ETA Home  >  RESEARCH & PUBLICATION  >   

 
Series # :
  ETAOP 2014-03
 
Title :
  Job Corps Process Study
 
Release Date :
  August 8, 2014
 
 
Abstract :
 

Job Corps is a comprehensive program designed to assist eligible unemployed and undereducated youth ages 16 through 24 who can benefit from intensive education and training services to become more employable, responsible, and productive citizens.


The purpose of this 30-month-long process study of the Job Corps was to explore and identify center-level practices that are associated with center performance outcomes. Through examination of center level practices and policies, this study identified best practices across centers and assessed how these best practices may be related to center performance. Center practices in the following domains were examined: 1) general center management; 2) academic training practices; 3) Career Technical Training (CTT) practices; 4) student life and development; 5) staff dynamics and culture; 6) center corporate operator oversight; and 7) community and partner relations. This study used a variety of data collection and analytical activities. The data collection activities included: 1) conducting interviews with Job Corps management; 2) conducting site visits to selected Job Corps centers; and 4) administering a survey to all Job Corps Center Directors.


Some of the best practices identified by the study include:

  • Center Directors at high-performing centers rank staff goal setting for reaching positive student outcomes, such as high grades and completion of courses, as the most influential element in improving center performance, while Center Directors at low-performing centers indicate that compliance with Job Corps policies is the most influential.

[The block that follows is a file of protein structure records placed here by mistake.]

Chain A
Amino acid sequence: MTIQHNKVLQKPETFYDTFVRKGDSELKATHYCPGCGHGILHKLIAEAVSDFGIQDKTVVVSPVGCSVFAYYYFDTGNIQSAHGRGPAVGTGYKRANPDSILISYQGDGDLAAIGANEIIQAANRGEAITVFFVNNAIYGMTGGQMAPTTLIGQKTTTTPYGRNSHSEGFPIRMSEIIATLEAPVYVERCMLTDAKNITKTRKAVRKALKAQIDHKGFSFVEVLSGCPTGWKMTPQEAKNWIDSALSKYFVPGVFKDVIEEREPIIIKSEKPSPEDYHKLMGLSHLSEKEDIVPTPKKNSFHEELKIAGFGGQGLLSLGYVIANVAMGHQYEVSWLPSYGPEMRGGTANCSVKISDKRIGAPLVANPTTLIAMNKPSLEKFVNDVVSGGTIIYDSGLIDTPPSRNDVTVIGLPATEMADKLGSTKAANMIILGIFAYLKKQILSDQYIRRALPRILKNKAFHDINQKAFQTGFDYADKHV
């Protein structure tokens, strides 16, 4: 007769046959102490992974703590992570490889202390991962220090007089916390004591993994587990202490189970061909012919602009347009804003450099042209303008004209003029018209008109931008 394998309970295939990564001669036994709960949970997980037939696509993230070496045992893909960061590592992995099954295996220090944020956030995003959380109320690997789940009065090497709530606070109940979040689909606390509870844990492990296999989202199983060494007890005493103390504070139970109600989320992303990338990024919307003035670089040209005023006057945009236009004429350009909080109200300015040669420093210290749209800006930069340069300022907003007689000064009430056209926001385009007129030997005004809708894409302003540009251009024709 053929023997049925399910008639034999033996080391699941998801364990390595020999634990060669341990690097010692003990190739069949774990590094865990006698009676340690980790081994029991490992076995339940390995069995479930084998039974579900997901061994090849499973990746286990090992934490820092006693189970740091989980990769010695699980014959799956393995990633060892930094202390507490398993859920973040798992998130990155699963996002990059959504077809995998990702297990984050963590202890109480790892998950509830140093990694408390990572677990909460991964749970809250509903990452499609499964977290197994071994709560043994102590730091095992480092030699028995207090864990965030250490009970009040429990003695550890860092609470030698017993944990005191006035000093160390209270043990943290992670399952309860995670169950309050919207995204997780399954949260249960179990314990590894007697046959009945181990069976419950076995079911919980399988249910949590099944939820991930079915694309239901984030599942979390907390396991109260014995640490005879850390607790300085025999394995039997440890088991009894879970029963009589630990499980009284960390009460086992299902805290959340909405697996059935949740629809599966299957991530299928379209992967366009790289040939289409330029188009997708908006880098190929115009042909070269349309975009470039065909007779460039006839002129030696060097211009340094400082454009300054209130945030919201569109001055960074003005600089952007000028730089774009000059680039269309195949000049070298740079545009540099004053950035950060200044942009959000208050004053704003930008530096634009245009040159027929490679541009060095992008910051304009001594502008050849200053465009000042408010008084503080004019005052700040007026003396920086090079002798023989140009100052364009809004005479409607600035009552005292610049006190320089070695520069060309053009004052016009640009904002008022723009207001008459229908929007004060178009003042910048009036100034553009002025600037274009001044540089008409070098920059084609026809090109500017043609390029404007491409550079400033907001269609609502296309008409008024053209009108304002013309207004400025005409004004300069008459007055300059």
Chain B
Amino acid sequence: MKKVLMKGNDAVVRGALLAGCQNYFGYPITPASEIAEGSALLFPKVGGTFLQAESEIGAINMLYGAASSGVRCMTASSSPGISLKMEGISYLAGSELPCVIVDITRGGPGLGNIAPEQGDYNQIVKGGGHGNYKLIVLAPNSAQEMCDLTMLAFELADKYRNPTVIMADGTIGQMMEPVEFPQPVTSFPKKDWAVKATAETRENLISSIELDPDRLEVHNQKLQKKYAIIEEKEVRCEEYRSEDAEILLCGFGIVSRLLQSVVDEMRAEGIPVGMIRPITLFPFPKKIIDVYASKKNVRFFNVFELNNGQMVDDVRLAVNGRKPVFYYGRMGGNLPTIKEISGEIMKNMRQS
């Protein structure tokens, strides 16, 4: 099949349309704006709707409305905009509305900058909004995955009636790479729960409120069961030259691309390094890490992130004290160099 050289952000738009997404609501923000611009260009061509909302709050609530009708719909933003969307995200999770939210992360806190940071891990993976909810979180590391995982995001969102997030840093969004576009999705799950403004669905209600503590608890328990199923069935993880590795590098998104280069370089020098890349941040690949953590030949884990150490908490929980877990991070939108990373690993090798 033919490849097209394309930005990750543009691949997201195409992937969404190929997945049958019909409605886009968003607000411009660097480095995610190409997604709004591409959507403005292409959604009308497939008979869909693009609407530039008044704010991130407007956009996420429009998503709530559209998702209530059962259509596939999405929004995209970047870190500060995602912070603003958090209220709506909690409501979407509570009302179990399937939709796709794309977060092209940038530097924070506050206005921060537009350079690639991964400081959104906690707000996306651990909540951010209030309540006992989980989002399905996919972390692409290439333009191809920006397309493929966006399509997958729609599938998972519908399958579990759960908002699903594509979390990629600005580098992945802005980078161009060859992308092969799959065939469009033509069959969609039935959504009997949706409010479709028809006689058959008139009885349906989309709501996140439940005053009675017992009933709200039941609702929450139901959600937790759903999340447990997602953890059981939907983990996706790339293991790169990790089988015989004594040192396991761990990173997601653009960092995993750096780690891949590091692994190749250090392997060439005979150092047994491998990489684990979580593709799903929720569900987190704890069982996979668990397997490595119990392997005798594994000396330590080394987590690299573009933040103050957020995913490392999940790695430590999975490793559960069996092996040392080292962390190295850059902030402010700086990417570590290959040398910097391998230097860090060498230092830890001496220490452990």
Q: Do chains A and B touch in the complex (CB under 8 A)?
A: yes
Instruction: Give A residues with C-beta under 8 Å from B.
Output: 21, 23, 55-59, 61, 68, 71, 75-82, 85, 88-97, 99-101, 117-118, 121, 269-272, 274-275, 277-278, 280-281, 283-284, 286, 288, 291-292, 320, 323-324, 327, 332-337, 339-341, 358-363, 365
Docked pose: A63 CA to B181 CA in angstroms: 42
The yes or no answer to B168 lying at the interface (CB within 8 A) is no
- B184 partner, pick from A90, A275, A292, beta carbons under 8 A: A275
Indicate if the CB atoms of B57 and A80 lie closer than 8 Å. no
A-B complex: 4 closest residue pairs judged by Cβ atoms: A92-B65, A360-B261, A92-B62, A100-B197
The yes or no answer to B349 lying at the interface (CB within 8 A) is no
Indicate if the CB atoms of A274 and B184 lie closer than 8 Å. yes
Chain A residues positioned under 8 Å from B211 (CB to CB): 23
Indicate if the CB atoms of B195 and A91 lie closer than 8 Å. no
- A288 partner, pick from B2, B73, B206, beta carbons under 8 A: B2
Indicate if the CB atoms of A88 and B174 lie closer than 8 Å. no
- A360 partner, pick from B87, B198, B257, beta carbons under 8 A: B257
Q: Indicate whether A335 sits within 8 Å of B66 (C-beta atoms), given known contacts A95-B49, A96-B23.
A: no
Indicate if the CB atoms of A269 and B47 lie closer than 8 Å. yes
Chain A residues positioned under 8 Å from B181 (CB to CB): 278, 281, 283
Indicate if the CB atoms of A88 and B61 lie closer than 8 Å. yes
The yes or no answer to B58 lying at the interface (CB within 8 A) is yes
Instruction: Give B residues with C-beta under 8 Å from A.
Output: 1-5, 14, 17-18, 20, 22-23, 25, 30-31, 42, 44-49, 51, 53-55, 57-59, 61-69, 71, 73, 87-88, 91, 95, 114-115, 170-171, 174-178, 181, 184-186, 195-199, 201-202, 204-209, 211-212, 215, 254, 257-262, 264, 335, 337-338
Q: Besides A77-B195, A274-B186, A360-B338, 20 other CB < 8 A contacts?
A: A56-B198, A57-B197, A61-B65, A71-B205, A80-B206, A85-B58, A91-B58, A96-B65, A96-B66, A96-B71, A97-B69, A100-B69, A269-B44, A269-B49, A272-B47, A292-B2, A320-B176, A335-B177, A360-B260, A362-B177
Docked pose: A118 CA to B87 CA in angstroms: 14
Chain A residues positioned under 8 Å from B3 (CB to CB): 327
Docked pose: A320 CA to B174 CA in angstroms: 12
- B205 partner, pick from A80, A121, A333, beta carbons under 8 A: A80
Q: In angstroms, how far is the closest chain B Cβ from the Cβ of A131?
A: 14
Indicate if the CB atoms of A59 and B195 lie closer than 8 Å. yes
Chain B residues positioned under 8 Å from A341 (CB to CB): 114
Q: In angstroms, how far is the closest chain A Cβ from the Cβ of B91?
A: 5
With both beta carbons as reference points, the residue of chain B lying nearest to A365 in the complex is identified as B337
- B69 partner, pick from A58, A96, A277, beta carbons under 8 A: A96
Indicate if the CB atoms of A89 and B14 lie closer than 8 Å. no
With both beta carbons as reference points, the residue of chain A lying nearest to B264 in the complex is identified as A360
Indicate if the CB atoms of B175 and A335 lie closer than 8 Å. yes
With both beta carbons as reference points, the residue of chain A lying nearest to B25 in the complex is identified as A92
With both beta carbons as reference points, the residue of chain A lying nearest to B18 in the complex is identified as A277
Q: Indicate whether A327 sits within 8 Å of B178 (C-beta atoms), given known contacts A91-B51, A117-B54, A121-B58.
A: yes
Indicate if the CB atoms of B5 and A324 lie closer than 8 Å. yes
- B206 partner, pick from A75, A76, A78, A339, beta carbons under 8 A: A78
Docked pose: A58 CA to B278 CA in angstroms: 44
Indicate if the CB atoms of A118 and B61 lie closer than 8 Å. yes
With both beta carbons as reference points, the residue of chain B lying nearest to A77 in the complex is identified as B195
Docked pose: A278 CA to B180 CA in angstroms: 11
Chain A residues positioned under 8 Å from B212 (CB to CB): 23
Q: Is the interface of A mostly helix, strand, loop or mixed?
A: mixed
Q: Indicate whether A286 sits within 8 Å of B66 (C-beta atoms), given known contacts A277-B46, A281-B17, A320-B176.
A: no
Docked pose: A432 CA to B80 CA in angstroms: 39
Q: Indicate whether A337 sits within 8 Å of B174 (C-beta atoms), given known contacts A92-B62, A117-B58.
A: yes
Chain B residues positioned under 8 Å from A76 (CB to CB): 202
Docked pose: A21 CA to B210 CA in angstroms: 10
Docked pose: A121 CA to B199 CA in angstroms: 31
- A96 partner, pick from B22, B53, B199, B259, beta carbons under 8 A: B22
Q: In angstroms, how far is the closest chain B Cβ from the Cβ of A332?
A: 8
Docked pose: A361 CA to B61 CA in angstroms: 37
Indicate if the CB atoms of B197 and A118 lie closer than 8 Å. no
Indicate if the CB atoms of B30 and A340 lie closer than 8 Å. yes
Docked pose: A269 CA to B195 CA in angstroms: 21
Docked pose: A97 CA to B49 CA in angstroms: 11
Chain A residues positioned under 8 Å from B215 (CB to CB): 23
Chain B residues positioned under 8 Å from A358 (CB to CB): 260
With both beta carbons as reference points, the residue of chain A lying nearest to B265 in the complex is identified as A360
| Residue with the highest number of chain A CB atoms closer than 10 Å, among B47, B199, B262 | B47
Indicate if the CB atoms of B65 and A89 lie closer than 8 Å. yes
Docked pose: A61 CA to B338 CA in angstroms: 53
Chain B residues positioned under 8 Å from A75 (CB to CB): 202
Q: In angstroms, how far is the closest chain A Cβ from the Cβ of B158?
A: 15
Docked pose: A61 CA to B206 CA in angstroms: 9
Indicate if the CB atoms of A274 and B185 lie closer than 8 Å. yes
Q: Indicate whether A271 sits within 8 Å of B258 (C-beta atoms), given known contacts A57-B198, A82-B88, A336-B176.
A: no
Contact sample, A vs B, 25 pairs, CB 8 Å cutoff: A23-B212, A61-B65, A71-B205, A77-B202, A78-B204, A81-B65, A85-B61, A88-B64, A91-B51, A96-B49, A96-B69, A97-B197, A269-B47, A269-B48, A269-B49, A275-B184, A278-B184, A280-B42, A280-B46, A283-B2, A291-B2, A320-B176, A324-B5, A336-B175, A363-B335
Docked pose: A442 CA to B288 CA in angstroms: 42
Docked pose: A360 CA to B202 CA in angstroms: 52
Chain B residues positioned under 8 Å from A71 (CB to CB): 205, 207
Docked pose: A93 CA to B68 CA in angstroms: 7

• High-performing centers are more likely to use student-oriented methods to address student academic performance issues (e.g., Individual Education Programs (IEP), alternative learning opportunities based on student needs, tutoring) than low-performing centers, which report using more instructor- or system-based methods (e.g., instructor training, student incentives).
  • High-performing centers apply a wider range of strategies to retain non-residential students than low-performing centers, including using a staff-student mentorship program, using a progressive behavior management system, and holding meetings to address students at risk of becoming Absent Without Leave (AWOL).
  • High-performing centers provide incentive payments based on center Outcomes Measurement System performance to all types of staff (e.g., academic and CTT instructors, resident staff, counselors) to a much greater extent than do low-performing centers.



Publication Author(s)
1.
IMPAQ International
 
Author(s):
  • Morgan Sacchetti Barnes
  • Jacob Benus
  • Terry Johnson
  • Mary Kay Dugan
  • Jim Cooper
  • Micheal P. Kirsch
Full Text Document(s)
Additional Information

Hard copy available: No